The second anchor is banking sector regulation and conservative banking practices, which is frankly a double-edged sword.

Canadian bank stocks are resilient against recessions and market crashes – a fact traceable through the performance of the bank stocks during the great recession and COVID, especially if you compare them against American banks. But that also means they offer slower growth in bull markets.

Another anchor is a growing domestic and foreign market. Canada’s population growth rate has stayed ahead of the US since 2016, and it’s higher than several comparable European countries, thanks to a healthy immigration policy.

More population influx means a steady growth of the domestic market for Canadian banks. Some banks also have an impressive international presence, giving them access to more growth avenues.

The Canadian banks also dominate the digital banking market segment and are not losing customers to disruptive fintech.

The safe operating practices and the dividend histories of the banks collectively endorse the financial sustainability of the dividends. When the economy is suffering, the banks may suspend the growth of their payouts, but it’s unlikely to happen more than once a decade.

Should You Invest in Canadian Bank Stocks?

Within the universe of stocks, some can be more growth-oriented (and therefore riskier) than others. The big Canadian banks are all well-established, dividend-paying businesses that offer a significant portion of their total return through dividends.

Canadian bank stocks are more suited for investors that:

  • Are looking to invest in stocks but have a medium risk tolerance
  • Need income from their investments in the form of dividends
  • Want to invest in well-established, large-cap Canadian names

Other stocks may be more suitable for your portfolio if you are looking for high-growth ideas and don’t necessarily care about dividends. 

The properties of Canadian bank stocks also make them more attractive to an older demographic.

National Bank’s stock is the one Canadian bank stock that has a slightly different investment profile than the major five Canadian banks. It trades at a slight premium because of future potential growth opportunities.

Which Canadian Bank Pays the Highest Dividend?

The dividend yield of Canadian bank stocks fluctuates over time as their share prices move over time.

The forward dividend yield is the most reliable metric for judging the future yield of bank stocks. This metric estimates what dividend yield to expect from a stock going forward, typically on a 12-month basis.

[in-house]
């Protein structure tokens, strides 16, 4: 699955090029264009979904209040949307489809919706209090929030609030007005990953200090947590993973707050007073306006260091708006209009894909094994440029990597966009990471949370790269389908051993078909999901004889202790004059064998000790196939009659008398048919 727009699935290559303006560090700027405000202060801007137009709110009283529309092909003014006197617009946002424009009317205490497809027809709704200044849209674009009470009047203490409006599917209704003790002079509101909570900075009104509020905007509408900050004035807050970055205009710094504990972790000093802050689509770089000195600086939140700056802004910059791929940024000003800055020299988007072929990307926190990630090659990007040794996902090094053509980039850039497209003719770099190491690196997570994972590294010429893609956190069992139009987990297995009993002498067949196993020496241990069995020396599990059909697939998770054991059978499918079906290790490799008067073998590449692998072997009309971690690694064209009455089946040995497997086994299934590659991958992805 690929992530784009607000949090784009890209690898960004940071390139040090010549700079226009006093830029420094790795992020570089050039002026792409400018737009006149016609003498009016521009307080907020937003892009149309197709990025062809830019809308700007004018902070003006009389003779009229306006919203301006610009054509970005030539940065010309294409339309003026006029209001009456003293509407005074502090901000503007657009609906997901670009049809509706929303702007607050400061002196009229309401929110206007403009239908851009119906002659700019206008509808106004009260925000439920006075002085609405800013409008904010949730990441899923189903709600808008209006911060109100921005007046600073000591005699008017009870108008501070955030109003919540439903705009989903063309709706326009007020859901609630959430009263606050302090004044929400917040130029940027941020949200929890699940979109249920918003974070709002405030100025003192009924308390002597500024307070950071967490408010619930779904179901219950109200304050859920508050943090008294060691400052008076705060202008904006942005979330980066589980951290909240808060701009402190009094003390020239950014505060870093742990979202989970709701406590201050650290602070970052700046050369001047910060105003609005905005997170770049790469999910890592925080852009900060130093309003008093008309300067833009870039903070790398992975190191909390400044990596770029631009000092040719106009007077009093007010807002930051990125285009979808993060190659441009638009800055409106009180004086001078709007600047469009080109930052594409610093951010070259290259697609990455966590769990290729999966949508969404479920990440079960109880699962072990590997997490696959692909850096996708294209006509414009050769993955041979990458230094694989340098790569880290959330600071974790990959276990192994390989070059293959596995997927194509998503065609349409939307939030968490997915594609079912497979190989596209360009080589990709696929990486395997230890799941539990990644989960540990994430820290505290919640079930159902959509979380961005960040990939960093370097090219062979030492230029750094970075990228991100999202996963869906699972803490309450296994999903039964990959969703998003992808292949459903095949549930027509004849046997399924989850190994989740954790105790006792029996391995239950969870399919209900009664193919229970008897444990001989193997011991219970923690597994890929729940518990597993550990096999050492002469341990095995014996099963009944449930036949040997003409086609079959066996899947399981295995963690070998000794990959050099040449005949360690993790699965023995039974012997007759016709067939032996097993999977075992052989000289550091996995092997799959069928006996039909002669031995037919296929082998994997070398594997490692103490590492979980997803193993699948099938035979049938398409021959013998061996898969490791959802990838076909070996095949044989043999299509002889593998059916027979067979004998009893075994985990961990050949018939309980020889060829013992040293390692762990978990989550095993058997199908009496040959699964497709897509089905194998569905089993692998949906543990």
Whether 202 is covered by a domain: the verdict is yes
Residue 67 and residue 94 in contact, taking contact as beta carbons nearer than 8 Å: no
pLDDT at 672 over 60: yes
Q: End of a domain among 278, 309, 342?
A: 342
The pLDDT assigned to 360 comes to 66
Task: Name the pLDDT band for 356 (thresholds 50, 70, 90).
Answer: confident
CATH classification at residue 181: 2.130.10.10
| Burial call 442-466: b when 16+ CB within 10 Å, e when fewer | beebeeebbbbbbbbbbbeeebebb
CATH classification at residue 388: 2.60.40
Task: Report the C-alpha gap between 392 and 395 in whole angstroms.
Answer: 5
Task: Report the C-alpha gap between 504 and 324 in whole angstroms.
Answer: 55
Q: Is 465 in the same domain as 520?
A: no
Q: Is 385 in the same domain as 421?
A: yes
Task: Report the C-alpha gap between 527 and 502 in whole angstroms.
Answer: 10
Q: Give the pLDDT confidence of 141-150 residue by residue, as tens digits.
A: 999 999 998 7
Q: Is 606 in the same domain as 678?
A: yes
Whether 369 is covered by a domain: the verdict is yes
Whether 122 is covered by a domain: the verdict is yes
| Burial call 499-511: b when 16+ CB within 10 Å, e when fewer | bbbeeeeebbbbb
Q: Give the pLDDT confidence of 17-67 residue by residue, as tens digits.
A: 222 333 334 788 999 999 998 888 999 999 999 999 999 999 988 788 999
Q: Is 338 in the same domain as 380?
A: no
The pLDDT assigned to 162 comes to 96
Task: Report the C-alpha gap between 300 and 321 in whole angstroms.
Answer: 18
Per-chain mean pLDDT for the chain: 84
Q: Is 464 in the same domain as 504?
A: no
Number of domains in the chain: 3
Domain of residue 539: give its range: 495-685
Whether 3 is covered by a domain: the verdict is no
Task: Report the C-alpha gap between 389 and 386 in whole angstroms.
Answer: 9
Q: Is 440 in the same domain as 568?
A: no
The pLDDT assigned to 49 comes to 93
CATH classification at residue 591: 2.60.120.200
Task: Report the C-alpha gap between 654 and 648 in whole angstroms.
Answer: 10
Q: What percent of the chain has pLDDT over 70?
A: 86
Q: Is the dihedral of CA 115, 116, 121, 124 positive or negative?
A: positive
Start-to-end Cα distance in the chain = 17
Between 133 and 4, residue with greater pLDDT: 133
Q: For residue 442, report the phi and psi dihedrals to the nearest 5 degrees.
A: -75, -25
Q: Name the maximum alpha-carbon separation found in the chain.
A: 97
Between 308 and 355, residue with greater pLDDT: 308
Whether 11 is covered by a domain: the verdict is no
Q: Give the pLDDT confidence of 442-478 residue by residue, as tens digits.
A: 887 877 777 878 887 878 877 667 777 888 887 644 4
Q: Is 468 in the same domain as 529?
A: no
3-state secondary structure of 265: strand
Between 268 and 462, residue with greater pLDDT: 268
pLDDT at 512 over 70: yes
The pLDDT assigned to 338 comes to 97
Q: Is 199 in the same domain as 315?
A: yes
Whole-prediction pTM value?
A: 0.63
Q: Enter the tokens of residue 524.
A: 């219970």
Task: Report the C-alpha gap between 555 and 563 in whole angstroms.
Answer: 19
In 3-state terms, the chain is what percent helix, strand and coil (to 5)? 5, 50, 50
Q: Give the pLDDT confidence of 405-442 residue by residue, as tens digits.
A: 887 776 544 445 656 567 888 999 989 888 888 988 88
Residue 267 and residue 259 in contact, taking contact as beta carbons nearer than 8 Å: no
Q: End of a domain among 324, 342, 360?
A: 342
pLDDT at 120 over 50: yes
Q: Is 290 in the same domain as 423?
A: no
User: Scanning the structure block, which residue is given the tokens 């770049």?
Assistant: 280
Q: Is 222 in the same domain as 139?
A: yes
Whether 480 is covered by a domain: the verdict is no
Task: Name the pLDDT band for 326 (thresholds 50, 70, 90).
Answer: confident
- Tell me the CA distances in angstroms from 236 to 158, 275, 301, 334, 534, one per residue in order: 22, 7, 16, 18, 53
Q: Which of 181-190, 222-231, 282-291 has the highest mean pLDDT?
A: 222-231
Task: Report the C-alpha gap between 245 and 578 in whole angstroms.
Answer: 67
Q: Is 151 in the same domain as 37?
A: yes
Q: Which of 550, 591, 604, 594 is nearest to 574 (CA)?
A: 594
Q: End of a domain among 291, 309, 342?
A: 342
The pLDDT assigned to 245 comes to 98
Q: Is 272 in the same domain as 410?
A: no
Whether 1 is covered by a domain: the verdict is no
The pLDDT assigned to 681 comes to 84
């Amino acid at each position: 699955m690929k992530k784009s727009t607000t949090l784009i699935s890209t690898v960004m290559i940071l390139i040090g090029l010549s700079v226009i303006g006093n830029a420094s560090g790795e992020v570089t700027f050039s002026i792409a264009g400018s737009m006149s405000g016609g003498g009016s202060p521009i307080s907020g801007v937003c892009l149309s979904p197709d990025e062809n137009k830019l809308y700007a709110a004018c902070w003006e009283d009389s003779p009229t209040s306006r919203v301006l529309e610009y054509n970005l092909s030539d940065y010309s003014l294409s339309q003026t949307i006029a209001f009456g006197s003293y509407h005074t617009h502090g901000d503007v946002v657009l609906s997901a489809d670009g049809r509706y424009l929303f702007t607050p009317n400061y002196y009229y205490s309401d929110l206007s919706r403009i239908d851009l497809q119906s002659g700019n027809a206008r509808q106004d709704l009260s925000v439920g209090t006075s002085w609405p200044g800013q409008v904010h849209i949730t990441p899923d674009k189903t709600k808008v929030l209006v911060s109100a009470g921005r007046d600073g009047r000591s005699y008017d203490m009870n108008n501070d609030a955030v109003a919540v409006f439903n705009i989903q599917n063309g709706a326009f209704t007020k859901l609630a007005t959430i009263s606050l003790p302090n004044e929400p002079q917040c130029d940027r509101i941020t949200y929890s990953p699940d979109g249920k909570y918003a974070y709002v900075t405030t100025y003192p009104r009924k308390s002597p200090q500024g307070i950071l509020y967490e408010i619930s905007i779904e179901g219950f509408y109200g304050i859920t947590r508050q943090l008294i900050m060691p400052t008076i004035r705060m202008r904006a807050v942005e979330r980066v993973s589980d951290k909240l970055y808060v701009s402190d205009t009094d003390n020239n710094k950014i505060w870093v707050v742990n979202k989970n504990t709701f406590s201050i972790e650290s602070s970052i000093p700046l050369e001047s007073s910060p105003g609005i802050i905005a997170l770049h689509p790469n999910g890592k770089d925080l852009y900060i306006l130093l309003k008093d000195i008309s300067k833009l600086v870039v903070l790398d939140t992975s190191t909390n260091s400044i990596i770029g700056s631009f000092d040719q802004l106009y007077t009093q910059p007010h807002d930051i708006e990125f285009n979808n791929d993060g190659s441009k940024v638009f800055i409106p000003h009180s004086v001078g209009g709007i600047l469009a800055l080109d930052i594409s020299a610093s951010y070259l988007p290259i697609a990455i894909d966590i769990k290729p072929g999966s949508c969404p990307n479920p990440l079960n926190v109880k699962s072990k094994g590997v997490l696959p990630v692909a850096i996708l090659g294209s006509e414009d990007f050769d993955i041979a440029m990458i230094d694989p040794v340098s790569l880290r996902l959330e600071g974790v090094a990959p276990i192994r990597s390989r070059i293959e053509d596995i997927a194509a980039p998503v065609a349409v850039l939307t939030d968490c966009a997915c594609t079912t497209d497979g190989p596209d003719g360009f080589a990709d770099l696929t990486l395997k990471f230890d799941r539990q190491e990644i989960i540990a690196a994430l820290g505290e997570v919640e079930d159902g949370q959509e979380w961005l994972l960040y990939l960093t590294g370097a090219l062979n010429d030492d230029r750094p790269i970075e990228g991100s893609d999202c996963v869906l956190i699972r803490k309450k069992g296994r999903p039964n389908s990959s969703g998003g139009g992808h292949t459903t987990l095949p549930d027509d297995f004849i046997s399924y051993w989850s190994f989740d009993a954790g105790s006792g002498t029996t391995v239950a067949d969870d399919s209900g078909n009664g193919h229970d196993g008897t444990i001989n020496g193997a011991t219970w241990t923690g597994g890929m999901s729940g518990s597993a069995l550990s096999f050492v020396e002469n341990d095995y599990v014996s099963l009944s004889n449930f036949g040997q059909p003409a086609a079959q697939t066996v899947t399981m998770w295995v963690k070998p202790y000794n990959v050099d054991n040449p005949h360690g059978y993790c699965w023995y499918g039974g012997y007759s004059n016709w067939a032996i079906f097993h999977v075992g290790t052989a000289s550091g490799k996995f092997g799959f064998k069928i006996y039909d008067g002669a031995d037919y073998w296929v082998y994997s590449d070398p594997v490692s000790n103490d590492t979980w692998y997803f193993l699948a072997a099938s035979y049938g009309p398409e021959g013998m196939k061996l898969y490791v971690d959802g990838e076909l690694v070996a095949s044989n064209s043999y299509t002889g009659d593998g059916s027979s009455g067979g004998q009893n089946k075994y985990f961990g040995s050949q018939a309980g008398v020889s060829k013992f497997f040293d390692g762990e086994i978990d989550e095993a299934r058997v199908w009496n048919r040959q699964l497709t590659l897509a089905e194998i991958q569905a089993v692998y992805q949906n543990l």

Currently, the Bank of Nova Scotia (Scotiabank) is paying the highest forward dividend yield.

What is the Best Canadian Bank ETF?

Investing in Canadian banks through a Canadian bank ETF can come with a few benefits. These include potential monthly income and automatic rebalancing over time.

The best Canadian bank ETF will likely depend on the features that you are looking for in your strategy. Canadian bank ETFs come with different fees based on how they are constructed and what they offer investors.

If you are looking for a low-cost strategy, BMO’s Equal Weight Banks Index ETF (ZEB.TO) is likely your best option. 

In terms of ETFs with additional features, Hamilton’s Canadian Bank Mean Reversion Index ETF (HCA.TO) or BMO’s Covered Call Canadian Banks ETF (ZWB.TO) are great options.

Make sure to research any Canadian bank ETF thoroughly before adding it to your portfolio.

Check out my full list of Canadian bank ETFs if you want more ideas.

Conclusion

The big Canadian banks are a great addition to most investor portfolios due to their importance to the economy and the stability of their business. 

Although most of the stocks are very similar in terms of product offering and strategy, the stock prices of the Canadian banks can fluctuate due to market conditions or short-term results (of each individual bank).

Compare each of the big Canadian banks in great detail before making the final decision to invest.

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Author Bio - Christopher Liew is a CFA Charterholder with 11 years of finance experience and the creator of Wealthawesome.com. Read about how he quit his 6-figure salary career to travel the world here.

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7 thoughts on “6 Best Canadian Bank Stocks to Buy in May 2024”

  1. Which bank(s) have the highest exposure to mortgage defaults if/when real estate investors:/buyers are subjected to rate increases?

    Reply